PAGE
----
Campaigning to the New American Electorate: Advertising to Latino Voters

Synopsis

Presuming that a strong relationship exists between one's identity and political behavior, American politicians have long targeted immigrant and ethnic communities based on their shared ethnic or racial identity. But to what extent do political campaign messages impact voters' actual decisions and behaviors?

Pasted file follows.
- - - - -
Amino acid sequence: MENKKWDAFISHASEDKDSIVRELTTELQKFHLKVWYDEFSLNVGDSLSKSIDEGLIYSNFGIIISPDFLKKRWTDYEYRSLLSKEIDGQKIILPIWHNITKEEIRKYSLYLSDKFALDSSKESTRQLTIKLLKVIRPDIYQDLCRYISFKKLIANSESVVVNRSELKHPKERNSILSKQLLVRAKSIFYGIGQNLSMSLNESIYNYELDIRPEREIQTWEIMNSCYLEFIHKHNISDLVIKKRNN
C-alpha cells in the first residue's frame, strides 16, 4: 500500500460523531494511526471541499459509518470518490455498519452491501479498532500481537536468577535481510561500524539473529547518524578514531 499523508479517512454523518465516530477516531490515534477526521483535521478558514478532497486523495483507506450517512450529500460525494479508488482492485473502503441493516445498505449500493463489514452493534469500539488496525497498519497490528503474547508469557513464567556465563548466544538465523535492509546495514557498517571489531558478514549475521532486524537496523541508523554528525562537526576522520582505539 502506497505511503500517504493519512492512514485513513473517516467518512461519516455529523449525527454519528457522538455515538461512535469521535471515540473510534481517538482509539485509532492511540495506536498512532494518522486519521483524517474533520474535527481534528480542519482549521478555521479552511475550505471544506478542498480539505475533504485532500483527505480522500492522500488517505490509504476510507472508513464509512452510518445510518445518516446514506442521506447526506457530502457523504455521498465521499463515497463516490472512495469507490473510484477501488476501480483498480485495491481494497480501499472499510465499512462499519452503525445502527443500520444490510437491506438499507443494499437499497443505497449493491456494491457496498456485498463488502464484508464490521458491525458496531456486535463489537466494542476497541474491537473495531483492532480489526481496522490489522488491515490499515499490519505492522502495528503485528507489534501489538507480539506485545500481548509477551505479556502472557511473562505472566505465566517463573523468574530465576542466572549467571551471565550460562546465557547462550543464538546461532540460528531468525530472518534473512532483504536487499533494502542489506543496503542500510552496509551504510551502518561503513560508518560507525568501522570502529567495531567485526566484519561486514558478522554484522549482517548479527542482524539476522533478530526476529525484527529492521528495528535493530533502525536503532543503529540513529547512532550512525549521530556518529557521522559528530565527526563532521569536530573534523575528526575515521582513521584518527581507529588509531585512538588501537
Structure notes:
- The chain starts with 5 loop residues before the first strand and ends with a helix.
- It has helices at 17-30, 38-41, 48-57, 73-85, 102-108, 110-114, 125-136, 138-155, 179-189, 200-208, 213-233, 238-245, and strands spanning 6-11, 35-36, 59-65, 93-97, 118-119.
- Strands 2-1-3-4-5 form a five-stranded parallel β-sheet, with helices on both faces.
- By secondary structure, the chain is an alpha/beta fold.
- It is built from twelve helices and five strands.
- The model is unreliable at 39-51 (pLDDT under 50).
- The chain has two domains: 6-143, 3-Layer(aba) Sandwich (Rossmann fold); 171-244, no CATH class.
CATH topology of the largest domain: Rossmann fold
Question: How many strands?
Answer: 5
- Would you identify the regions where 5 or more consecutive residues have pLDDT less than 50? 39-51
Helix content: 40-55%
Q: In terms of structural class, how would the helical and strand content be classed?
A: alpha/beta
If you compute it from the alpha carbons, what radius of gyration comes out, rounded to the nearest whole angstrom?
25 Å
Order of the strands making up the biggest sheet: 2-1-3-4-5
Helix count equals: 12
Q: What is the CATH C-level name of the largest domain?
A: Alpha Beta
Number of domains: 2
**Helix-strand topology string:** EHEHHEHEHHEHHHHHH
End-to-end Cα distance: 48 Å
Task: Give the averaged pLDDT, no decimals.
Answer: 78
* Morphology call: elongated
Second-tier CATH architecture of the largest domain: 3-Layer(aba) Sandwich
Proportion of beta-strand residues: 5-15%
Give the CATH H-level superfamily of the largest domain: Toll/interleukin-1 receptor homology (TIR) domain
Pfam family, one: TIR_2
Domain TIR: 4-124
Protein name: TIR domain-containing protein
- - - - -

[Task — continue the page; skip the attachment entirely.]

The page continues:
This new book is one of the first to examine and compare the campaign efforts used to target Latinos with those directed at the rest of the electorate. Specifically, it focuses on televised Spanish and English-language advertising developed for the 2000 and 2004 presidential elections, as well as for dozens of congressional and statewide contests from 2000- 2004. Author Marisa Abrajano's research reveals exposure to these televised political ads indeed impacts whether Latinos turn out to vote and, if so, for whom they vote. But the effect of these advertising messages is not uniform across the Latino electorate. Abrajano explores the particular factors that affect Latinos' receptivity to political ads and offers key findings for those interested in understanding how to mobilize this critical swing group in American politics.

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